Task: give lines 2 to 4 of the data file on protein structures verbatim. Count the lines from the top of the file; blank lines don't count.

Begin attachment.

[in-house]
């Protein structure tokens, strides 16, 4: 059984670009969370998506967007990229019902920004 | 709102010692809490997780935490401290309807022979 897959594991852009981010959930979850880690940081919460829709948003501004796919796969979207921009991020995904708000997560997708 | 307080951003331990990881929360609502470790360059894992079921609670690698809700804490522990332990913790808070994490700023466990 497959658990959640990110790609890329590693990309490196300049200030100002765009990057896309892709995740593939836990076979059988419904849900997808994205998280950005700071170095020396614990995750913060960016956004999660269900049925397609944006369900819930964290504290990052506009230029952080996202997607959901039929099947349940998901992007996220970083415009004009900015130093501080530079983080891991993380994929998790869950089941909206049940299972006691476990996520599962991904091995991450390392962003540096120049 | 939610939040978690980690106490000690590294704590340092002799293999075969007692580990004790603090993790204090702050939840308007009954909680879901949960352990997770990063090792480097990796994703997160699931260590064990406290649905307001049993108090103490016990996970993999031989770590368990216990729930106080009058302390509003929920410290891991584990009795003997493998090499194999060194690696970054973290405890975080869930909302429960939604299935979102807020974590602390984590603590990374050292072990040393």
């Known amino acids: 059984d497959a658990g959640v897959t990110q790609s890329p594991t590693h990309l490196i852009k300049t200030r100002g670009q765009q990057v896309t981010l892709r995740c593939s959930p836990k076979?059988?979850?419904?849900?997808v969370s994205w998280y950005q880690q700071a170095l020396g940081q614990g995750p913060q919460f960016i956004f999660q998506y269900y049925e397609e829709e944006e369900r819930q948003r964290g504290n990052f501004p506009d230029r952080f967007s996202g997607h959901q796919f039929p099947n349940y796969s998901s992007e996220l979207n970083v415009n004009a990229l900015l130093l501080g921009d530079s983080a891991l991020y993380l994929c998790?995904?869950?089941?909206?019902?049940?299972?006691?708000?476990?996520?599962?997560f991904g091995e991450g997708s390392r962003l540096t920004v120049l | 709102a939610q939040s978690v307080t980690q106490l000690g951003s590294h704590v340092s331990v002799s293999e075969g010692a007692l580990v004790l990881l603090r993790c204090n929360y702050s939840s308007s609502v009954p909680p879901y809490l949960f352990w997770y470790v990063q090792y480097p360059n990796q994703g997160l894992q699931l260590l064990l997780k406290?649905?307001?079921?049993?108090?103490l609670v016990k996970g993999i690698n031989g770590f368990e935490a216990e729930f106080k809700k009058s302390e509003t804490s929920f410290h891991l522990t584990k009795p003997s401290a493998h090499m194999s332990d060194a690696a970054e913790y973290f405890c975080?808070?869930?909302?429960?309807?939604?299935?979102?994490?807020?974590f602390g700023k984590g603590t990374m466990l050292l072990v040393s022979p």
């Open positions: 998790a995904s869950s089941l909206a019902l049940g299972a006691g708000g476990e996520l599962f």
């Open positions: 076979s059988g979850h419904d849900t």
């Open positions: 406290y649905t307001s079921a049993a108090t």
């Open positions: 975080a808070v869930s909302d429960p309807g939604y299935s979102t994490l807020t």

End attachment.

């Protein structure tokens, strides 16, 4: 059984670009969370998506967007990229019902920004 | 709102010692809490997780935490401290309807022979 897959594991852009981010959930979850880690940081919460829709948003501004796919796969979207921009991020995904708000997560997708 | 307080951003331990990881929360609502470790360059894992079921609670690698809700804490522990332990913790808070994490700023466990 497959658990959640990110790609890329590693990309490196300049200030100002765009990057896309892709995740593939836990076979059988419904849900997808994205998280950005700071170095020396614990995750913060960016956004999660269900049925397609944006369900819930964290504290990052506009230029952080996202997607959901039929099947349940998901992007996220970083415009004009900015130093501080530079983080891991993380994929998790869950089941909206049940299972006691476990996520599962991904091995991450390392962003540096120049 | 939610939040978690980690106490000690590294704590340092002799293999075969007692580990004790603090993790204090702050939840308007009954909680879901949960352990997770990063090792480097990796994703997160699931260590064990406290649905307001049993108090103490016990996970993999031989770590368990216990729930106080009058302390509003929920410290891991584990009795003997493998090499194999060194690696970054973290405890975080869930909302429960939604299935979102807020974590602390984590603590990374050292072990040393």
């Known amino acids: 059984d497959a658990g959640v897959t990110q790609s890329p594991t590693h990309l490196i852009k300049t200030r100002g670009q765009q990057v896309t981010l892709r995740c593939s959930p836990k076979?059988?979850?419904?849900?997808v969370s994205w998280y950005q880690q700071a170095l020396g940081q614990g995750p913060q919460f960016i956004f999660q998506y269900y049925e397609e829709e944006e369900r819930q948003r964290g504290n990052f501004p506009d230029r952080f967007s996202g997607h959901q796919f039929p099947n349940y796969s998901s992007e996220l979207n970083v415009n004009a990229l900015l130093l501080g921009d530079s983080a891991l991020y993380l994929c998790?995904?869950?089941?909206?019902?049940?299972?006691?708000?476990?996520?599962?997560f991904g091995e991450g997708s390392r962003l540096t920004v120049l | 709102a939610q939040s978690v307080t980690q106490l000690g951003s590294h704590v340092s331990v002799s293999e075969g010692a007692l580990v004790l990881l603090r993790c204090n929360y702050s939840s308007s609502v009954p909680p879901y809490l949960f352990w997770y470790v990063q090792y480097p360059n990796q994703g997160l894992q699931l260590l064990l997780k406290?649905?307001?079921?049993?108090?103490l609670v016990k996970g993999i690698n031989g770590f368990e935490a216990e729930f106080k809700k009058s302390e509003t804490s929920f410290h891991l522990t584990k009795p003997s401290a493998h090499m194999s332990d060194a690696a970054e913790y973290f405890c975080?808070?869930?909302?429960?309807?939604?299935?979102?994490?807020?974590f602390g700023k984590g603590t990374m466990l050292l072990v040393s022979p």
């Open positions: 998790a995904s869950s089941l909206a019902l049940g299972a006691g708000g476990e996520l599962f």